Being a Social Media intern with a love of photography, I wanted to take this idea and bring it to SUNY Oswego. There are over eight thousand students on campus and undoubtedly a lot of interesting stories to be told and heard. I’ll be the first to admit that sometimes I get lost in my own little world when I’m walking across campus with my headphones in and music turned up loud. But imagine, if you truly looked around at everyone and thought about their lives, what they’ve been through or what they are currently dealing with. These thoughts make the world (or the campus) seem a lot bigger than just ourselves and our daily lives.

As one of the photojournalists for the Humans of SUNY Oswego project, I aim to take photos of interesting students and share a line or so that they have shared with me about themselves or their life. I will be posting these photos on the Facebook page.

If you, or someone you know has a story to tell and would like to be featured on the site, please contact me by sending the page a message or emailing me at kburke2@oswego.edu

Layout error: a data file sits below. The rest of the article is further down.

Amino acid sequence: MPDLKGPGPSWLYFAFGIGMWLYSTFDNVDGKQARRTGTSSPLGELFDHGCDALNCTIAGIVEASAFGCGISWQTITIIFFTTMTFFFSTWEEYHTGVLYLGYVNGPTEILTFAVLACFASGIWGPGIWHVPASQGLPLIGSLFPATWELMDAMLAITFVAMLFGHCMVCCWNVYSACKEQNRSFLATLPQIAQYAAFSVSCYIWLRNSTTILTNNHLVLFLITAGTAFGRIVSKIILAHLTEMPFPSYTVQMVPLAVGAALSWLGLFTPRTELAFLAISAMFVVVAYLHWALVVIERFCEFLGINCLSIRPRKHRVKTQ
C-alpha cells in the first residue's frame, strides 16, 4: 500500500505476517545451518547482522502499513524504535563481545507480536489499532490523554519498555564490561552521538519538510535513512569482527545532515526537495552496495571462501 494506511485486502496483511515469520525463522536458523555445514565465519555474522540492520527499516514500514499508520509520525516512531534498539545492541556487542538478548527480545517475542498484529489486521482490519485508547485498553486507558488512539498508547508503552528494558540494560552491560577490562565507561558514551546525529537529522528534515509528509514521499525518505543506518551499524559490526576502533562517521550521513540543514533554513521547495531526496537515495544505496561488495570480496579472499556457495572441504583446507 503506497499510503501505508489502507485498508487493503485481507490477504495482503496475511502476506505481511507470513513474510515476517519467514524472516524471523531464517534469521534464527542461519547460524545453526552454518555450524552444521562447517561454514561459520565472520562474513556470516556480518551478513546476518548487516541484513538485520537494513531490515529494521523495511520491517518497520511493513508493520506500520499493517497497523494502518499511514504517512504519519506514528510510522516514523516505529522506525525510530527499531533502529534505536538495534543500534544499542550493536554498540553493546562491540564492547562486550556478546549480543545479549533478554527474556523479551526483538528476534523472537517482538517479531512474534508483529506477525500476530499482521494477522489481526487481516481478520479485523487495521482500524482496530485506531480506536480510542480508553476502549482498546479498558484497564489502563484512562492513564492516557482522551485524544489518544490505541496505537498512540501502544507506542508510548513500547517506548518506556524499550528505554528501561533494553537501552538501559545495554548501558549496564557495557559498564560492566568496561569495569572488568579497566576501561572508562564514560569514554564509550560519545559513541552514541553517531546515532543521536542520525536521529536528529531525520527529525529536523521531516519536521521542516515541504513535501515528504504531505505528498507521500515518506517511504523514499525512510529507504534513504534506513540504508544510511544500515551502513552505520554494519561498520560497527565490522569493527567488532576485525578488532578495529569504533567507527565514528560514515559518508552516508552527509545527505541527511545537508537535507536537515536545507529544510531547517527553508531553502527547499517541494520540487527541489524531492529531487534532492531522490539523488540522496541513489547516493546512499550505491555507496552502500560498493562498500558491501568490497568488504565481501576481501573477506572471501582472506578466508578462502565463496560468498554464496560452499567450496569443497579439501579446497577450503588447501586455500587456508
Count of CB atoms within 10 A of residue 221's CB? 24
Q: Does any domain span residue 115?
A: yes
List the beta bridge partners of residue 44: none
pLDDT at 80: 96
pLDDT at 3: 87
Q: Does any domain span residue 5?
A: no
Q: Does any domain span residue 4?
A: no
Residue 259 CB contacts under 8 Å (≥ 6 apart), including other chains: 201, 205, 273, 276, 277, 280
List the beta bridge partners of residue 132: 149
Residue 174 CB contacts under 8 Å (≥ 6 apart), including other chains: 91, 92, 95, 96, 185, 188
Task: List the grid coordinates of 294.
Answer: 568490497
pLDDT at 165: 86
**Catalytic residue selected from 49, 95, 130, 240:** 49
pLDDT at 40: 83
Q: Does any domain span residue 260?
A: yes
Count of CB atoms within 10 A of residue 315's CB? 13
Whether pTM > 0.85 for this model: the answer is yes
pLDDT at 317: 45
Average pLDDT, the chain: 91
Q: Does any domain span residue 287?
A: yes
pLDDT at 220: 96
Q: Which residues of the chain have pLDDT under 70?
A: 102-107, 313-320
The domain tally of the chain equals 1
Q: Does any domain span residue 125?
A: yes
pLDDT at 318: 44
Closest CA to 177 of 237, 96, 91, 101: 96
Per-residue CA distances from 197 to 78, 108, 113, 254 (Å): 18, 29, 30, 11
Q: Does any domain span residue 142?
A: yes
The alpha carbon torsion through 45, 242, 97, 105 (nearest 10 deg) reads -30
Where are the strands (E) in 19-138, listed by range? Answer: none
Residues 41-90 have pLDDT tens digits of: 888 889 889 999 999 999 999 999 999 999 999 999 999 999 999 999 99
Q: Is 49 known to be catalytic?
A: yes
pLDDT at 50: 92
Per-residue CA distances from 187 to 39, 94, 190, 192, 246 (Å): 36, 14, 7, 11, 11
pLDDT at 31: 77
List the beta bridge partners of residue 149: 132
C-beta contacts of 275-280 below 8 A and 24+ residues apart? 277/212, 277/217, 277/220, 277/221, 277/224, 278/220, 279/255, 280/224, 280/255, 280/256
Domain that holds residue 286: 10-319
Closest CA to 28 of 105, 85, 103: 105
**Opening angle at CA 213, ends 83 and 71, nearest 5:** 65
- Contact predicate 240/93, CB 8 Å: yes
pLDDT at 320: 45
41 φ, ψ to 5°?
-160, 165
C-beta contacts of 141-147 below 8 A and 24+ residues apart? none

Hack Upstate, Fall ’13

“Act as if what you do makes a difference. It does.”  -William James

Hi Readers,

Last weekend, I had the pleasure of attending a local engineering event open to the public (provided advanced registration was duly made online) called Hack Upstate, which this year, was held at “The Tech Garden” in nearby Syracuse. This was a gathering of bright minds from all over New York state, who got together with the sole purpose of seeing what kinds of crazy projects could be attempted (and even more, completed!) over the course of an ever-so-short 24 hour window. The word “hack” in the name might imply a certain affinity for computer programming, and while there were certainly a majority of code projects on display, the competition is not limited to them in any way. There were some incredible feats of electrical and computer engineering accomplished for such a short amount of work time, and that is just the tip of the iceberg! The purpose of the competition is to utilize existing technologies in interesting ways – apart from that, there are virtually no restrictions on what can be attempted.

The Gathering Room

The Presentation Room